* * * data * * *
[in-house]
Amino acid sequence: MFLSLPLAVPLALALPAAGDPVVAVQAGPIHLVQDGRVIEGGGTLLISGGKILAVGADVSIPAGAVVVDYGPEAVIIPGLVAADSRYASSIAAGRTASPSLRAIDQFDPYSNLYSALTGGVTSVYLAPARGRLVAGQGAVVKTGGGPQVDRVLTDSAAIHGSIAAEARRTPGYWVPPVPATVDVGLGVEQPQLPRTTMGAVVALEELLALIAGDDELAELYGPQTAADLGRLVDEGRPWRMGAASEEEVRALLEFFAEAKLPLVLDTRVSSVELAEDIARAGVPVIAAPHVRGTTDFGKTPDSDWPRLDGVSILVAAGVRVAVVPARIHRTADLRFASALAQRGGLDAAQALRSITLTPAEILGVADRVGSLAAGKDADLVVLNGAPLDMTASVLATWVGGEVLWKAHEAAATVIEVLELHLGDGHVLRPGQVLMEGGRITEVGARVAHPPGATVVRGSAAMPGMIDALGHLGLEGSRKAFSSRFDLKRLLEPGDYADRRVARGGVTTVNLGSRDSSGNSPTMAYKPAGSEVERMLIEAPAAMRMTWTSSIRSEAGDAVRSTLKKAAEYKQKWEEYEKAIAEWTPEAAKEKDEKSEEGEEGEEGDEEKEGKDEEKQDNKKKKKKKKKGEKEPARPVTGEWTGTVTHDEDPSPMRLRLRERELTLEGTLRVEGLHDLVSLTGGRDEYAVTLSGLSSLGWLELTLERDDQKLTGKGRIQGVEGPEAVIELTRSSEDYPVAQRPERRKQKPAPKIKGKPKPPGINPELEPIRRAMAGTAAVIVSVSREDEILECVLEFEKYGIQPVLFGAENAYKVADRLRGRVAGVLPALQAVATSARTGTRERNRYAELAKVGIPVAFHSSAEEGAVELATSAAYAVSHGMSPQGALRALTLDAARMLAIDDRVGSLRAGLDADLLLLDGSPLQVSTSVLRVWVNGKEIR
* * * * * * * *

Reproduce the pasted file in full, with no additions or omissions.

[in-house]
Amino acid sequence: MFLSLPLAVPLALALPAAGDPVVAVQAGPIHLVQDGRVIEGGGTLLISGGKILAVGADVSIPAGAVVVDYGPEAVIIPGLVAADSRYASSIAAGRTASPSLRAIDQFDPYSNLYSALTGGVTSVYLAPARGRLVAGQGAVVKTGGGPQVDRVLTDSAAIHGSIAAEARRTPGYWVPPVPATVDVGLGVEQPQLPRTTMGAVVALEELLALIAGDDELAELYGPQTAADLGRLVDEGRPWRMGAASEEEVRALLEFFAEAKLPLVLDTRVSSVELAEDIARAGVPVIAAPHVRGTTDFGKTPDSDWPRLDGVSILVAAGVRVAVVPARIHRTADLRFASALAQRGGLDAAQALRSITLTPAEILGVADRVGSLAAGKDADLVVLNGAPLDMTASVLATWVGGEVLWKAHEAAATVIEVLELHLGDGHVLRPGQVLMEGGRITEVGARVAHPPGATVVRGSAAMPGMIDALGHLGLEGSRKAFSSRFDLKRLLEPGDYADRRVARGGVTTVNLGSRDSSGNSPTMAYKPAGSEVERMLIEAPAAMRMTWTSSIRSEAGDAVRSTLKKAAEYKQKWEEYEKAIAEWTPEAAKEKDEKSEEGEEGEEGDEEKEGKDEEKQDNKKKKKKKKKGEKEPARPVTGEWTGTVTHDEDPSPMRLRLRERELTLEGTLRVEGLHDLVSLTGGRDEYAVTLSGLSSLGWLELTLERDDQKLTGKGRIQGVEGPEAVIELTRSSEDYPVAQRPERRKQKPAPKIKGKPKPPGINPELEPIRRAMAGTAAVIVSVSREDEILECVLEFEKYGIQPVLFGAENAYKVADRLRGRVAGVLPALQAVATSARTGTRERNRYAELAKVGIPVAFHSSAEEGAVELATSAAYAVSHGMSPQGALRALTLDAARMLAIDDRVGSLRAGLDADLLLLDGSPLQVSTSVLRVWVNGKEIR